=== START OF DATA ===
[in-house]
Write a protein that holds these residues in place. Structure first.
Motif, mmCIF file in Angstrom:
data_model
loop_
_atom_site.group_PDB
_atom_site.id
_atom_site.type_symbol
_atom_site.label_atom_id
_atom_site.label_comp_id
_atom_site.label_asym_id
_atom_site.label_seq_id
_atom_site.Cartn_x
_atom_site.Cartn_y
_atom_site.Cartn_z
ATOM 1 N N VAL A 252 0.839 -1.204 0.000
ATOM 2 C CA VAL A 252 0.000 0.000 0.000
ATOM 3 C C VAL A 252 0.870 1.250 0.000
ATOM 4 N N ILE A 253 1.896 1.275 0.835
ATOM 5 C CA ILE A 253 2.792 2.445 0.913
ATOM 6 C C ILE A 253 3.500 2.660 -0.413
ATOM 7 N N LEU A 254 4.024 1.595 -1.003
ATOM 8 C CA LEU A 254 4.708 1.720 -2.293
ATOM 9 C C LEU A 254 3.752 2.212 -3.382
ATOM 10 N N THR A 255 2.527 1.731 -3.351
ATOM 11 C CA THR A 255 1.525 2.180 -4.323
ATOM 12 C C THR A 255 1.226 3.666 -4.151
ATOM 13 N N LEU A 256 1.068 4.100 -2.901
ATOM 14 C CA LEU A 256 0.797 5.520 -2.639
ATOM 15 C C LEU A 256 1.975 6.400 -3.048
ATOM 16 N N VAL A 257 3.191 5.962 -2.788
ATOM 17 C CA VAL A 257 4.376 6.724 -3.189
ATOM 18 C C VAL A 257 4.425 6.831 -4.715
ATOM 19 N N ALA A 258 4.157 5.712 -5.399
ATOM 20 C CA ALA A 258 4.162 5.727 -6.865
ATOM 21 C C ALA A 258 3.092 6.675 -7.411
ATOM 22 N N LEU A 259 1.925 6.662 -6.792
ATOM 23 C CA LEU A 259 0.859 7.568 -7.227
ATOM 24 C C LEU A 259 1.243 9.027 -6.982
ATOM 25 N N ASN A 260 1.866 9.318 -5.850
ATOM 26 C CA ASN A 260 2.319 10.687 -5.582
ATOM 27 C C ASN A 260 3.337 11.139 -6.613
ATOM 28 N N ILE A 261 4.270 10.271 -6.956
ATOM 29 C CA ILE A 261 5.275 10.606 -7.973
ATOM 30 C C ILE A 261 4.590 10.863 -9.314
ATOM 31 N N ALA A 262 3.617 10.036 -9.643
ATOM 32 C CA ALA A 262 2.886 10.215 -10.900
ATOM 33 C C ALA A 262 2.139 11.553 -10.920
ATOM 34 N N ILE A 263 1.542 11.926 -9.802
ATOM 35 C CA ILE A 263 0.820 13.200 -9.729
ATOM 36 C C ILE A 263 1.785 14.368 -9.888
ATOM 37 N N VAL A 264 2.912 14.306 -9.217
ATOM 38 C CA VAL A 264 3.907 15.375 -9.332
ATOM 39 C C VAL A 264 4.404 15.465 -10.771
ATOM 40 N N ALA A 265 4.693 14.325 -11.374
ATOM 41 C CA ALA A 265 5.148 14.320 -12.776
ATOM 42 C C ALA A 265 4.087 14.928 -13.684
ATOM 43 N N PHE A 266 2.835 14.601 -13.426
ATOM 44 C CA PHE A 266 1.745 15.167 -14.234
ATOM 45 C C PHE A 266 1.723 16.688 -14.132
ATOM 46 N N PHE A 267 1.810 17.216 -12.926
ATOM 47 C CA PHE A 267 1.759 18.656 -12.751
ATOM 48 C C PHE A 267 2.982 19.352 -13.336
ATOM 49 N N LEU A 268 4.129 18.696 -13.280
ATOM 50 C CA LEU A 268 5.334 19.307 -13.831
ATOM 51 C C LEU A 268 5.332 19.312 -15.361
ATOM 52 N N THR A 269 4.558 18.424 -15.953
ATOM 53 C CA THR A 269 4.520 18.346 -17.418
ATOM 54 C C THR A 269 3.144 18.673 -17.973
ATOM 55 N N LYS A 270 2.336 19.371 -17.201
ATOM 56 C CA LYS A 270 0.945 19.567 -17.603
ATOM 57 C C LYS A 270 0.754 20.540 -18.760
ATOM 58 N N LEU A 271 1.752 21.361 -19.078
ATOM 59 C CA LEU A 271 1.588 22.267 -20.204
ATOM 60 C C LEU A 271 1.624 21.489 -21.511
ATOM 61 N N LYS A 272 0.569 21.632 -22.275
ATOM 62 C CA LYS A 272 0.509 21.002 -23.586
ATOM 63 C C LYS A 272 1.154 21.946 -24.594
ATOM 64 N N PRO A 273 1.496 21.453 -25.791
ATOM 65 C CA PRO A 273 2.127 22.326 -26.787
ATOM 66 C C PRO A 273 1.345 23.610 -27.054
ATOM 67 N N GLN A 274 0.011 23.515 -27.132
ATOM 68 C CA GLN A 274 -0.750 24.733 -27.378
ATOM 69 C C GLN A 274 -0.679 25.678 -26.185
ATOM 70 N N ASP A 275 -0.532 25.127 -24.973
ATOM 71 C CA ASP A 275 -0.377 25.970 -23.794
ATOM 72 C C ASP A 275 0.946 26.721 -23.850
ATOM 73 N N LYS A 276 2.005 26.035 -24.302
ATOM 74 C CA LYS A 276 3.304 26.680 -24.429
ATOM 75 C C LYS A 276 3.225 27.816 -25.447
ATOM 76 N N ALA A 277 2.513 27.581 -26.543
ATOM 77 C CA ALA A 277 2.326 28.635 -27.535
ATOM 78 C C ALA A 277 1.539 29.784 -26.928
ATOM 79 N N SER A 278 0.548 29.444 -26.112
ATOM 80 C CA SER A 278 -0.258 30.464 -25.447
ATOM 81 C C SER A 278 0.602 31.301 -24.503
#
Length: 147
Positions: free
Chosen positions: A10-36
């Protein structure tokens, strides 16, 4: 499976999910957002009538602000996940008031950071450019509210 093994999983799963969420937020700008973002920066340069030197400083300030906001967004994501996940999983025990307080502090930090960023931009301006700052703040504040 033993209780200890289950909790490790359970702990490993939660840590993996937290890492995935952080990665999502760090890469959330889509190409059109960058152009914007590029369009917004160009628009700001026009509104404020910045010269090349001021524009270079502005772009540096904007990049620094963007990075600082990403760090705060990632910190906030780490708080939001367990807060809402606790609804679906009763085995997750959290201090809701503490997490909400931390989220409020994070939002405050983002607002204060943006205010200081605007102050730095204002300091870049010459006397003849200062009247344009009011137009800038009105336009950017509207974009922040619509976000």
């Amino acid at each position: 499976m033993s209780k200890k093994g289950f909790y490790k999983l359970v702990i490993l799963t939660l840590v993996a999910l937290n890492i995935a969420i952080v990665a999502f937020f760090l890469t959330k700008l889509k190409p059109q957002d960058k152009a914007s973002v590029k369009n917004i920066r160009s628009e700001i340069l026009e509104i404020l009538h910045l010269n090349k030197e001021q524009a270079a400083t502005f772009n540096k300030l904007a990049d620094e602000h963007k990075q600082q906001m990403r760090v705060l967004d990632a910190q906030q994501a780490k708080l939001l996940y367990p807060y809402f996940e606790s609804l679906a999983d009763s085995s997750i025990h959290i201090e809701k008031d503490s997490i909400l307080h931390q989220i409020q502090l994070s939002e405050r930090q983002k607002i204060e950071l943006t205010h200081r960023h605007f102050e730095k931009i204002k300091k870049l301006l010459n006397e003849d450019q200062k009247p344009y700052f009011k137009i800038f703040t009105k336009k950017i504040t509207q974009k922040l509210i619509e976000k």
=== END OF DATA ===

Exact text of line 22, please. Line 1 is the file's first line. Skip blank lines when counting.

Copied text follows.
ATOM 7 N N LEU A 254 4.024 1.595 -1.003